TAPS Support Fast Five: Dr Mariano Lanna

Welcome to a new series of blog posts by TAPS Support. Our team is passionately following research, but we felt it was time to dive deeper into the stories of the people behind Twin Anaemia Polycythemia Sequence. It’s time to introduce the TAPS Support Fast Five, and this week we’re introducing Dr. Mariano Lanna.

In this series, we talk to the researchers and doctors who have dedicated their lives to researching not only TAPS but other conditions and diseases affecting monochorionic twins.

taps support fast five mariano lanna twin anaemia polycythemia sequence

Dr. Lanna is a Maternal-Fetal Medicine Specialist based in Milan, Italy.

He is based at the Buzzi Children’s Hospital and specializes in twin pregnancies there.

The Buzzi Children’s Hospital is the leading center in Italy for twin management and is currently participating in the TAPS Trial.

Dr. Lanna, thank you so much for taking the time to chat with us! Can you tell us a little more about yourself, please?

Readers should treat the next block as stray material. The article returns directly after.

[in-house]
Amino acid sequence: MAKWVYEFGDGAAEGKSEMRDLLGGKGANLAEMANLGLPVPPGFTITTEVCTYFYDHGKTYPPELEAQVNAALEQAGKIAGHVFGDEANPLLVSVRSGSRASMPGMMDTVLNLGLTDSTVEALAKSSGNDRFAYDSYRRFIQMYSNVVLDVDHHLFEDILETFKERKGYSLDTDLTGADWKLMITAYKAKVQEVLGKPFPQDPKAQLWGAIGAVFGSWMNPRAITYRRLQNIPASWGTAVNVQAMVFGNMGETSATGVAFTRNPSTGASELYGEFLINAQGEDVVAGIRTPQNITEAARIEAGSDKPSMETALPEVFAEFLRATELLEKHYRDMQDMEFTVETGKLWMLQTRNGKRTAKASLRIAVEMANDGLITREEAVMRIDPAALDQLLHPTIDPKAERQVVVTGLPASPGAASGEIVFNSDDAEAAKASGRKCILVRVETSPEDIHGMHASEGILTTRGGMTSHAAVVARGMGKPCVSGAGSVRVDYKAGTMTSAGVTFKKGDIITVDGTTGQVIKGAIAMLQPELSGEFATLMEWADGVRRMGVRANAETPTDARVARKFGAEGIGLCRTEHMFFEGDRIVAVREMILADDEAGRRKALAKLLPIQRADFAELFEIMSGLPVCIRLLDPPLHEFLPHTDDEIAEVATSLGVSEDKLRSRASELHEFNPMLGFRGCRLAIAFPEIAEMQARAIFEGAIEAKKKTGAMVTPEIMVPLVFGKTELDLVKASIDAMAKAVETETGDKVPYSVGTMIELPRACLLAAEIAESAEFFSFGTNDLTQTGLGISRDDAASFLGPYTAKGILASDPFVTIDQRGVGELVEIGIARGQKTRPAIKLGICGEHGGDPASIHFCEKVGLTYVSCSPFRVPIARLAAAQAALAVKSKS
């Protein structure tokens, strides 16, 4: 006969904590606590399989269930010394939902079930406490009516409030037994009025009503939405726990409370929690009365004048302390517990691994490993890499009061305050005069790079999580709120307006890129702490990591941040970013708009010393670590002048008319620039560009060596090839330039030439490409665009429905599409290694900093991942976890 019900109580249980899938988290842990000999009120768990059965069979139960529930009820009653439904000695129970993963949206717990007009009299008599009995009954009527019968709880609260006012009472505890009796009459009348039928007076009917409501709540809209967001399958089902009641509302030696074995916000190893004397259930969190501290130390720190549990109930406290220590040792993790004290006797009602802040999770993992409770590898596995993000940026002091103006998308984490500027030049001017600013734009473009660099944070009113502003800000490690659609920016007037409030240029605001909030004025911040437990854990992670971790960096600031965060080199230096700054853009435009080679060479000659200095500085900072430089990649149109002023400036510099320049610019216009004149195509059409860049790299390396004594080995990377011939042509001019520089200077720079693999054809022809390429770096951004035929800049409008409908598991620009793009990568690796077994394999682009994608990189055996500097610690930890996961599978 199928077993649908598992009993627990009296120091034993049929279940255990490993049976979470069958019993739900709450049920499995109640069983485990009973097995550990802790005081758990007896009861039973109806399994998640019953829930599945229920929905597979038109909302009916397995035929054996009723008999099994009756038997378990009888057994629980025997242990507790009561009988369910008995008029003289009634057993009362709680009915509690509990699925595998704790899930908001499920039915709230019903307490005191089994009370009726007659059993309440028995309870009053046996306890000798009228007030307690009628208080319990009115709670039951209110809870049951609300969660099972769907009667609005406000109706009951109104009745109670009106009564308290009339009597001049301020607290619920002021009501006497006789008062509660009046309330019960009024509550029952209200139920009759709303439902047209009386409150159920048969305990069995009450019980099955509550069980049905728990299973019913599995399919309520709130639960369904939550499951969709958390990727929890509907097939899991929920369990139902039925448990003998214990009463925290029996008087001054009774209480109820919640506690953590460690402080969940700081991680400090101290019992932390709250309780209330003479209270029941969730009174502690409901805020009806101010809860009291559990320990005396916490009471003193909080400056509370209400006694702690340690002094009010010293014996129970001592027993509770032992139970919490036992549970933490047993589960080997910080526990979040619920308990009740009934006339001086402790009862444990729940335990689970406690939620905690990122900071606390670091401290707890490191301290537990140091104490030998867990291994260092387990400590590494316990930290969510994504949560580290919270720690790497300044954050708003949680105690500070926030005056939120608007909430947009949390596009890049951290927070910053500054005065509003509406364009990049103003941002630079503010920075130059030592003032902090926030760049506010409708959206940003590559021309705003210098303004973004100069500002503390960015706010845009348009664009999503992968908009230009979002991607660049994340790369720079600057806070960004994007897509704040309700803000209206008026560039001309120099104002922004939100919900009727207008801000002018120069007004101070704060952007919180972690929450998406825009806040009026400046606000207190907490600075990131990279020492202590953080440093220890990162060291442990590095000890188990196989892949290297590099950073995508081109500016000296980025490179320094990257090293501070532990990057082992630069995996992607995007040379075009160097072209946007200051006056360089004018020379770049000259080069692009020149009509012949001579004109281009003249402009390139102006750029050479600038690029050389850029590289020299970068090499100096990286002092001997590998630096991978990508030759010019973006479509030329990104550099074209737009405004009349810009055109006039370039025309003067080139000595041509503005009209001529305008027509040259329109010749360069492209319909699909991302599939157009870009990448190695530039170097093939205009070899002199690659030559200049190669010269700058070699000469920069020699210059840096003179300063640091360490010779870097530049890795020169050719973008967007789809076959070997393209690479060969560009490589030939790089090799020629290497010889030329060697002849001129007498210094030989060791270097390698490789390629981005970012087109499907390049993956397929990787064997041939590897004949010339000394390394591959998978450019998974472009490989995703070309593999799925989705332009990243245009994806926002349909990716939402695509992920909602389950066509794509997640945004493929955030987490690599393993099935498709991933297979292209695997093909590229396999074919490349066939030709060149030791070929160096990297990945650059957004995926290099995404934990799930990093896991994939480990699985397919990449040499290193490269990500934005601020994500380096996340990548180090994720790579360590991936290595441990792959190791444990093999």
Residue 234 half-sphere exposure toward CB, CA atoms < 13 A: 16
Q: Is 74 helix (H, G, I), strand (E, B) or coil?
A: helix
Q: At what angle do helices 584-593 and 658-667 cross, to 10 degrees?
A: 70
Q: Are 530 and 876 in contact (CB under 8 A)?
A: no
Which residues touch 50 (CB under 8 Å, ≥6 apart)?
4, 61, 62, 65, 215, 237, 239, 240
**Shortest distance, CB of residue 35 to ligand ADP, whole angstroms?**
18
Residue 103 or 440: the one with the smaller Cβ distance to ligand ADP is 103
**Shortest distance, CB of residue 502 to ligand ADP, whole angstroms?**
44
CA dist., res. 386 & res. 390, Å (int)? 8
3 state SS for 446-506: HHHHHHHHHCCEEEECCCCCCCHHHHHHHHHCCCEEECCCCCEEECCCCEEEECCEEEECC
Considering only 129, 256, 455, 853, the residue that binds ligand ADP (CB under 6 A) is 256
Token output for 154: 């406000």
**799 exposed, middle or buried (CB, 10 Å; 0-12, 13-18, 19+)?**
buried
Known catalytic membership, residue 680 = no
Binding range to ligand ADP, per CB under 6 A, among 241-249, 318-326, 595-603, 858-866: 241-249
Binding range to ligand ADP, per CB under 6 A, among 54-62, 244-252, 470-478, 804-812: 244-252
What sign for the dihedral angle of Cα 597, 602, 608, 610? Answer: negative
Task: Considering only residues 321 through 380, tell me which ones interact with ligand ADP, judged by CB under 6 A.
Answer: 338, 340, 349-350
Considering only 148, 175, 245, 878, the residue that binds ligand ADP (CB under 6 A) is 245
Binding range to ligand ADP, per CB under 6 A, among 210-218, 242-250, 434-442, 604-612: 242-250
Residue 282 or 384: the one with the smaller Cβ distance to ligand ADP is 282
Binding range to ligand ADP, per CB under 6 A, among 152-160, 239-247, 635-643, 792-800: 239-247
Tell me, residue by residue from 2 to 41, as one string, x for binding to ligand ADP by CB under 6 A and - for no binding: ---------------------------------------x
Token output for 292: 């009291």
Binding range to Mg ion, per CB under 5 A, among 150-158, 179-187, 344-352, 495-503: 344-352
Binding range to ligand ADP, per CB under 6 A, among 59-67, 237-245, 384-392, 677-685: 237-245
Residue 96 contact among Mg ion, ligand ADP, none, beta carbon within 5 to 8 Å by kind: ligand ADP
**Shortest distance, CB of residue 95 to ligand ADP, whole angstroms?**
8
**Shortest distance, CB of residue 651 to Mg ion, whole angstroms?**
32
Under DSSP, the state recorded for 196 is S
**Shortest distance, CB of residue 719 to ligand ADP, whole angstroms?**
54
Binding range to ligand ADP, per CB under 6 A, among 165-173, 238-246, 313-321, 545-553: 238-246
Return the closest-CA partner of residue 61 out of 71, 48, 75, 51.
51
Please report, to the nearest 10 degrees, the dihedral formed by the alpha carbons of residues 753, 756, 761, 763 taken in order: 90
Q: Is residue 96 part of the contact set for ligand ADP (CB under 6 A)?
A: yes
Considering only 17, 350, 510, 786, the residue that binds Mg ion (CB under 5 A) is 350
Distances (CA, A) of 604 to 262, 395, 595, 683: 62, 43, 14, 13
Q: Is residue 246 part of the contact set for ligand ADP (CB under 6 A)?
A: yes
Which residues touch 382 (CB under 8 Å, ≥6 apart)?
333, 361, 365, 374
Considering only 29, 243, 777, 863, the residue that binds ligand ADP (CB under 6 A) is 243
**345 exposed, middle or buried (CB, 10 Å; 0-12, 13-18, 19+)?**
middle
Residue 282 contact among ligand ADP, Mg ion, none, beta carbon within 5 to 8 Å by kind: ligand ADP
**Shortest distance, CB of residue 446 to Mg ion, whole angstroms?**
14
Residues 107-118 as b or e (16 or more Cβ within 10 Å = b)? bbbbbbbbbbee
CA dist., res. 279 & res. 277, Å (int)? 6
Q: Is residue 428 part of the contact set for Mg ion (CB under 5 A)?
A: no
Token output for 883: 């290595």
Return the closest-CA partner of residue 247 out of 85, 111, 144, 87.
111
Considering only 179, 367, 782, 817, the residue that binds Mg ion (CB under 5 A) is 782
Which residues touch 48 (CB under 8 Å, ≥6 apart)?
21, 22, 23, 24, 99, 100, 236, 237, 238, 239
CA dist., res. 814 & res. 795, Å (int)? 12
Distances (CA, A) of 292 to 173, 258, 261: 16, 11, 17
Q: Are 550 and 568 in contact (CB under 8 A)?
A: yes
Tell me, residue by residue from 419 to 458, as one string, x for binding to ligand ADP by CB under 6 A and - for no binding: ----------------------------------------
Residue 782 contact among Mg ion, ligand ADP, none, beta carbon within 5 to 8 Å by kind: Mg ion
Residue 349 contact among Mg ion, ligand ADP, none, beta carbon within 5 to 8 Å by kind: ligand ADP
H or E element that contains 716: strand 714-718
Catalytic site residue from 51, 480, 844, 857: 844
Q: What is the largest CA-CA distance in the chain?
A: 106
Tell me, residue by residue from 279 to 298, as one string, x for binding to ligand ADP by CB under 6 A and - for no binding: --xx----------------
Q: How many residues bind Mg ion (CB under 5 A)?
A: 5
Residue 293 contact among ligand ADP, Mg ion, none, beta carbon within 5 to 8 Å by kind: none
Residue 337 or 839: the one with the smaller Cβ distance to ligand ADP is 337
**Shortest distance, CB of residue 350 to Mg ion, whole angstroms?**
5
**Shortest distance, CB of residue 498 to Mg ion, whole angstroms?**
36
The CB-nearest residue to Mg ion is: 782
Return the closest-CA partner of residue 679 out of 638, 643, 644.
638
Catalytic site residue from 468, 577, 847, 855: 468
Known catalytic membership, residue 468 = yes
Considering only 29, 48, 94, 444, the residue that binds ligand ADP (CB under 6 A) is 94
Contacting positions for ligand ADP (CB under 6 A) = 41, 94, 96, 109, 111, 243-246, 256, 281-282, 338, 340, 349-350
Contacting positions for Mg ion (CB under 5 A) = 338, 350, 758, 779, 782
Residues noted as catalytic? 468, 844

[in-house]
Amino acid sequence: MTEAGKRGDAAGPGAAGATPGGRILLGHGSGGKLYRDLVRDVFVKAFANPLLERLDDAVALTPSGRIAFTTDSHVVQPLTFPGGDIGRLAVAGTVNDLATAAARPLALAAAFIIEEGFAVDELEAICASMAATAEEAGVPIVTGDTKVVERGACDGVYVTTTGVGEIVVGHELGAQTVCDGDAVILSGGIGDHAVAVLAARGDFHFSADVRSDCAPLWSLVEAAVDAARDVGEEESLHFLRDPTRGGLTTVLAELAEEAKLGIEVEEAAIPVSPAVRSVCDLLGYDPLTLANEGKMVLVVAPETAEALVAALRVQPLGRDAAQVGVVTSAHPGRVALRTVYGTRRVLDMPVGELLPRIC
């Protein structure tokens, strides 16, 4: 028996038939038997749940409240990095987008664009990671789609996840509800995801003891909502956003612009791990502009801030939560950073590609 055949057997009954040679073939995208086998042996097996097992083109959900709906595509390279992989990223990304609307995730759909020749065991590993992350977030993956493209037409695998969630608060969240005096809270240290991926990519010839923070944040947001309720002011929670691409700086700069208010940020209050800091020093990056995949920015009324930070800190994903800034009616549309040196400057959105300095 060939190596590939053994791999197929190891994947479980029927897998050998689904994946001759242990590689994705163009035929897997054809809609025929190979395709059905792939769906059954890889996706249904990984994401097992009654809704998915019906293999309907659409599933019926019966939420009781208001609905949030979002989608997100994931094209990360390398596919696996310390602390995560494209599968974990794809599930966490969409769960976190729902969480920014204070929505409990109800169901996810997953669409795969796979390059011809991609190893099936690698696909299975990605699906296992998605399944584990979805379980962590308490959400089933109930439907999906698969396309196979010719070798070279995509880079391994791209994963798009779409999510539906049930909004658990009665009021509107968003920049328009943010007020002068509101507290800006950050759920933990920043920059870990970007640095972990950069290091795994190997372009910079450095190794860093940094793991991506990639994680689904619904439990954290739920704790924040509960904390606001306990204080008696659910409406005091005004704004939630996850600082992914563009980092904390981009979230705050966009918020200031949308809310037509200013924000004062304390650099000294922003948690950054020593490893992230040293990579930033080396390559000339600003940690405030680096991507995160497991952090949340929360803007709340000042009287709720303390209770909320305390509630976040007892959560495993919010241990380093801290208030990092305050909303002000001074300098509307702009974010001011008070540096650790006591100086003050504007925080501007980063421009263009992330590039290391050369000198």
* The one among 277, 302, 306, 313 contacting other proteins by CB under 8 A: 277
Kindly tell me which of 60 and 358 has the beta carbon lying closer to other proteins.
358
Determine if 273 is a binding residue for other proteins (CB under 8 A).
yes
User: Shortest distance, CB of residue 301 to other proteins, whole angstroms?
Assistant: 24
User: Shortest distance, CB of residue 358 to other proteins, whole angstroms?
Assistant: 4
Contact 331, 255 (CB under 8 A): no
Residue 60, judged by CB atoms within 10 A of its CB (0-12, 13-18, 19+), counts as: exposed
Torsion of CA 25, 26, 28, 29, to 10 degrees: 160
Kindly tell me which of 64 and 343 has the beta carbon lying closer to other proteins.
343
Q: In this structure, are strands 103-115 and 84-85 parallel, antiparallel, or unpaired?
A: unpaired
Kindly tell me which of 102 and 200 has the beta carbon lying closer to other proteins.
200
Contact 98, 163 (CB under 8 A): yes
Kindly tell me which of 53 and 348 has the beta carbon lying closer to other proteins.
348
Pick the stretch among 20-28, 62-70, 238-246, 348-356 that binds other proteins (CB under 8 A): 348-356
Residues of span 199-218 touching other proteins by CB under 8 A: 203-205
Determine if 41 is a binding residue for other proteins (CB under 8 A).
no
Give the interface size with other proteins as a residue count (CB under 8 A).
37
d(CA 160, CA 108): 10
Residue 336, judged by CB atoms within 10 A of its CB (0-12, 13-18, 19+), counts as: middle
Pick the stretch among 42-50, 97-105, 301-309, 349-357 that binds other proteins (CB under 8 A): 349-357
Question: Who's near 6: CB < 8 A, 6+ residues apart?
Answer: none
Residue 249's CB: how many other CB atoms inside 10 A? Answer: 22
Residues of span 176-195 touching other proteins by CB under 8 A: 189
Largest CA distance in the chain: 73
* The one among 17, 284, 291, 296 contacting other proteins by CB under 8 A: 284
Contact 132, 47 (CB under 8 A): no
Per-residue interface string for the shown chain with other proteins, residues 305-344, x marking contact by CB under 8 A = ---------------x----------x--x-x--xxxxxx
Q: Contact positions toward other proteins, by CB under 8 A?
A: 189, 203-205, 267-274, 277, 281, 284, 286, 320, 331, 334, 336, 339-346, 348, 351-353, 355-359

I am a fetal medicine-obstetrician in Milan, Italy and I have been working in the Buzzi Children’s Hospital since 2005, where the first laser surgery for monochorionic twins in Italy was performed in 2004 by Professor Umberto Nicolini. Twin pregnancies are my main field of interest.

What drives your passion to research TAPS?

TAPS is the cutting- edge challenge in monochorionic twin pregnancy treatment: everything is yet to be discovered. This is a challenge I want to help solve.

Tell us the most important piece of information about TAPS you want to share?

While TTTS is always perceived by the mother as a discomfort following polyhydramnios, TAPS has no symptoms, and that makes communicating with patients more challenging.

What’s your advice for patients who have been diagnosed with TAPS?

Getting the correct diagnosis of TAPS is a good starting point for the correct management of twins.

How important is it to screen for TAPS?

It is necessary to identify TAPS cases before birth to avoid delays in treatment and inadequate management.

Dr. Lanna, we are so happy that you took the time to answer our fast five questions today. It means a lot to us that doctors like you are happy to connect and talk about TAPS with us!

Stay tuned for the next installment of the TAPS Support Fast Five. Soon we’ll talk to another researcher about TAPS, research and everything in between.

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